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LevelUp And Google Have An Actual Wallet War On Twitter

After our story on LevelUp’s lofty plans, Google mobile commerce exec Mike Dudas cast doubt. LevelUp’s Chief Ninja Seth Preibatsch quipped back. Someone pulled a shiv. (Ok, maybe not. But the payments race is clearly intense.)

LevelUp And Google Have An Actual Wallet War On Twitter

Oh, it’s on … Twitter. Earlier today, we wrote about LevelUp’s new NFC-supported hardware and CEO Seth Priebatsch’s search for a business model that can simultaneously benefit merchants, consumers, and the company itself. A few hours later, Google exec Mike Dudas, who works on mobile commerce products that include Google Wallet and Google Offers, took to Twitter to offer a skeptic’s take on LevelUp’s adoption potential, particularly by big businesses.

Dudas references Priebatsch’s recent business discussions with a major fast-food chain that spends $650 million a year on ads. He argued that LevelUp’s hardware solution for accepting mobile payments from customers was squarely meant for small- and medium-sized businesses. It’s certainly not an unreasonable claim–it’s difficult to imagine walking into a fast food chain and waving your smartphone at a flimsy countertop gadget to pay for your greasy goodies. But Priebatsch wasn’t convinced Google Wallet was the beloved alternative.

Google claims that tens of millions of people have Google Wallet accounts, but that sheds little light on how many people are actually using their Android phones to make real-world purchases.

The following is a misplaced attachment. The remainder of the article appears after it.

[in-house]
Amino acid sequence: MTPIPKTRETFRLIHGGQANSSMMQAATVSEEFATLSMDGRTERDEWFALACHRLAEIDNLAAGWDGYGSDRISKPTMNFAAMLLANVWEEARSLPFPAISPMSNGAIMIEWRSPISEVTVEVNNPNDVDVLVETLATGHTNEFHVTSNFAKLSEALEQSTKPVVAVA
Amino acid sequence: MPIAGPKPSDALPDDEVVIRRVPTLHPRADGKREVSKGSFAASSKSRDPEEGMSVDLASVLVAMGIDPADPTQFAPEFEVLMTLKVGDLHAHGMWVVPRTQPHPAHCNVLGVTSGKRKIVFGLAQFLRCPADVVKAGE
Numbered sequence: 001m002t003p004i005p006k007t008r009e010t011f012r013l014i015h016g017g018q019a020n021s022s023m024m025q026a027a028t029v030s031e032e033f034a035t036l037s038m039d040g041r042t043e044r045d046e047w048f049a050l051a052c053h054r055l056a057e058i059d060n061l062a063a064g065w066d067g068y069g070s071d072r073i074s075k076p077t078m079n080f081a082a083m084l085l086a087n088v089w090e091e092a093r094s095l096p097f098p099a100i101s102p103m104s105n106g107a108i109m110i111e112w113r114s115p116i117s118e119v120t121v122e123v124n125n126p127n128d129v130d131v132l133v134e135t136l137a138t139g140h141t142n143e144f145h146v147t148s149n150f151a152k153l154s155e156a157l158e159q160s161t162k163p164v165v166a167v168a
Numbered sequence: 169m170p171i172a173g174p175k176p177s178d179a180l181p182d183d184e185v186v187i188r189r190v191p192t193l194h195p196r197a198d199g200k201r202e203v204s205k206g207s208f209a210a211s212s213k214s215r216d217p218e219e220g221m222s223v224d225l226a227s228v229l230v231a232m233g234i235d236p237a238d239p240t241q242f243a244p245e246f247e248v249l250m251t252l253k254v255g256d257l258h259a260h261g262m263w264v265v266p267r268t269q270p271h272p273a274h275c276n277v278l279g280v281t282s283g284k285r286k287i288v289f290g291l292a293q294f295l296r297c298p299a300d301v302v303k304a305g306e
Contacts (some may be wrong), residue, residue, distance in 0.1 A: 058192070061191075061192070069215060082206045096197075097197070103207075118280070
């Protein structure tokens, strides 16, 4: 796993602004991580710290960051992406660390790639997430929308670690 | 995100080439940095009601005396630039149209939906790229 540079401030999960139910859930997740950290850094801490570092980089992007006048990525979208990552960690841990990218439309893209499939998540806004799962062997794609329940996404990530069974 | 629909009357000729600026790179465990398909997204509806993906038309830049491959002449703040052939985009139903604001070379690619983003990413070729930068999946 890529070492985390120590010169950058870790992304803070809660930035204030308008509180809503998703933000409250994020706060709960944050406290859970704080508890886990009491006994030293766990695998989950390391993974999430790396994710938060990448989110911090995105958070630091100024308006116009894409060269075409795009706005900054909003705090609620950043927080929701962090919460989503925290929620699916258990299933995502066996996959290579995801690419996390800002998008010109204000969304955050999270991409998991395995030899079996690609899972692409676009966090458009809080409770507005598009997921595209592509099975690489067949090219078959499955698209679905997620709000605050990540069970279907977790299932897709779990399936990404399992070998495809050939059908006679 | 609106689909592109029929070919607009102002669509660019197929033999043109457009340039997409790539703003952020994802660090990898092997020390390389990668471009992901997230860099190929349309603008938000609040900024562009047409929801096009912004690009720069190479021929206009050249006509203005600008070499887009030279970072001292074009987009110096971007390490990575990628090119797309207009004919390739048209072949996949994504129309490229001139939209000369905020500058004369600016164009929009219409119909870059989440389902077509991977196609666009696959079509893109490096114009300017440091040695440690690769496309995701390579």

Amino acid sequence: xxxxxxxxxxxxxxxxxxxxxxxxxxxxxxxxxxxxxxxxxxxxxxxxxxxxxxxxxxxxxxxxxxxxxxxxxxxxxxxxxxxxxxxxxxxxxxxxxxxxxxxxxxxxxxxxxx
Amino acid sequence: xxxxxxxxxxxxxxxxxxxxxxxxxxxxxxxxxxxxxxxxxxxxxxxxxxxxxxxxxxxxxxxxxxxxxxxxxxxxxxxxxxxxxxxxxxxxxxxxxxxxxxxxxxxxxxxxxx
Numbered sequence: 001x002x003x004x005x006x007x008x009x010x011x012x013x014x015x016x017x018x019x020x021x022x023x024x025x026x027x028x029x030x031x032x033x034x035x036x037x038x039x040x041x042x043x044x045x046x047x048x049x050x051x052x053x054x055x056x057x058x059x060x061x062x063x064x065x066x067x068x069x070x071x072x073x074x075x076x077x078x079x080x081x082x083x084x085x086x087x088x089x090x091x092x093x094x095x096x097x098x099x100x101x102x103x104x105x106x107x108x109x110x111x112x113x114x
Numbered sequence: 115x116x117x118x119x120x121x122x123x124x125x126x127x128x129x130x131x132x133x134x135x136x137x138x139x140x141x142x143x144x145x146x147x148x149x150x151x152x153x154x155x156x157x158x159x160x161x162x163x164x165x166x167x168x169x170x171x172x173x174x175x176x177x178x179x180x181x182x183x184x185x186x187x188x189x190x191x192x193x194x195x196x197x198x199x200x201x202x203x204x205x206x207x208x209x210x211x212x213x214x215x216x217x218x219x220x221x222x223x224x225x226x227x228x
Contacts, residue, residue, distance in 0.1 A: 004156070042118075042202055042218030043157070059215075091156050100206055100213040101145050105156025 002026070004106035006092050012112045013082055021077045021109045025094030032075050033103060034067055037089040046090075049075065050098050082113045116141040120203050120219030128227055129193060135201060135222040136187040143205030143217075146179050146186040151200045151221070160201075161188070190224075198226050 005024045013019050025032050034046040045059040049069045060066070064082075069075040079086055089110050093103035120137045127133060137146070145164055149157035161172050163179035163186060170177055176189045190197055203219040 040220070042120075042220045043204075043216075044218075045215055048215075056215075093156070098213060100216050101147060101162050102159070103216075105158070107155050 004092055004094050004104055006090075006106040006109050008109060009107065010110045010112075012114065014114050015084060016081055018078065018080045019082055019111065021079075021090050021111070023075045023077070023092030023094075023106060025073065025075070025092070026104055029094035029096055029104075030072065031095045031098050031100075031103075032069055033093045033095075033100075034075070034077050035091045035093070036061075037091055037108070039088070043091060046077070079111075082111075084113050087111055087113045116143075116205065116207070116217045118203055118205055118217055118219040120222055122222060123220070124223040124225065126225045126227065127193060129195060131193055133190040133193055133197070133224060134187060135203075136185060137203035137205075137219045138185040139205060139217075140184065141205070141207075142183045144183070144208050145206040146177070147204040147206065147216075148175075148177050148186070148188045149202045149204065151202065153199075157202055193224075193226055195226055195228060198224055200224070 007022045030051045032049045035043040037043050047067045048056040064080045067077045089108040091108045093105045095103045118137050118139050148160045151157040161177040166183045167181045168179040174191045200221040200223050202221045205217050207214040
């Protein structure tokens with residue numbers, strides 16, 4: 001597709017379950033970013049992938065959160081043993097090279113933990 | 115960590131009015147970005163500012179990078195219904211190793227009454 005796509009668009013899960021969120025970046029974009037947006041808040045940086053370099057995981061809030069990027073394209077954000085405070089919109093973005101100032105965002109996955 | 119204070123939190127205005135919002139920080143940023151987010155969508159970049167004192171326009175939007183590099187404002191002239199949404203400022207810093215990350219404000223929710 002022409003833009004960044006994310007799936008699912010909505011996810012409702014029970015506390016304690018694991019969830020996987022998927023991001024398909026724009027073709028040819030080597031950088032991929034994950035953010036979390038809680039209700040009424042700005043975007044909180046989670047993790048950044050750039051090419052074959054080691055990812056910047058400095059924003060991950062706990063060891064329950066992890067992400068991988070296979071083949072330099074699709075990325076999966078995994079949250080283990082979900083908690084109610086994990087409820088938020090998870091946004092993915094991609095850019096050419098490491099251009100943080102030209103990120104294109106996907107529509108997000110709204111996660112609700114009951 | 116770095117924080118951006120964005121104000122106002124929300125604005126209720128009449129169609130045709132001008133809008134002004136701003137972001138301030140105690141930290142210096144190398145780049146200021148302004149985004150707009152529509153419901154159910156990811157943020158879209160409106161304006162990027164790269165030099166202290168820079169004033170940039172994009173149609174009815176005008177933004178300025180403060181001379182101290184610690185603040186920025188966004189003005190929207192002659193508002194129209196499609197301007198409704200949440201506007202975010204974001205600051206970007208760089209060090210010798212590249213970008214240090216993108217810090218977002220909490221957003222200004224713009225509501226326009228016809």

What began as a cheeky joke about user numbers gave way to the legitimate question of how well Google Wallet will be adopted by users in the future. If you consider Google Wallet as the standalone, NFC-based Android app Dudas is referring to, it’s simply another payments solution that happens to use NFC technology. In other words, it’s nothing radical. But a week ago, Google Wallet’s product head Robin Dua implied that Google Wallet isn’t just an easy way to pay, but rather a way to condense and organize all the paper and plastic bits-and-pieces of your identity, from cash and credit cards to ID documents and boarding passes. The more options Google Wallet can pack into in one easy-to-use app, the more compelling it is as a service, and the greater its opportunity to profit off those features. (Whether that’s through targeted ads, transaction fees, or another monetization method).

All of this just points back to the fact that it’s still far too early in the payments race to determine which business models are poised for success, which companies are most likely to gain widespread adoption, and whether or not payments companies will have to split up their services into suites for both local and enterprise businesses.

Image: Flickr user nosha.

About the author

Christina is an associate editor at Fast Company, where she writes about technology, social media, and business.



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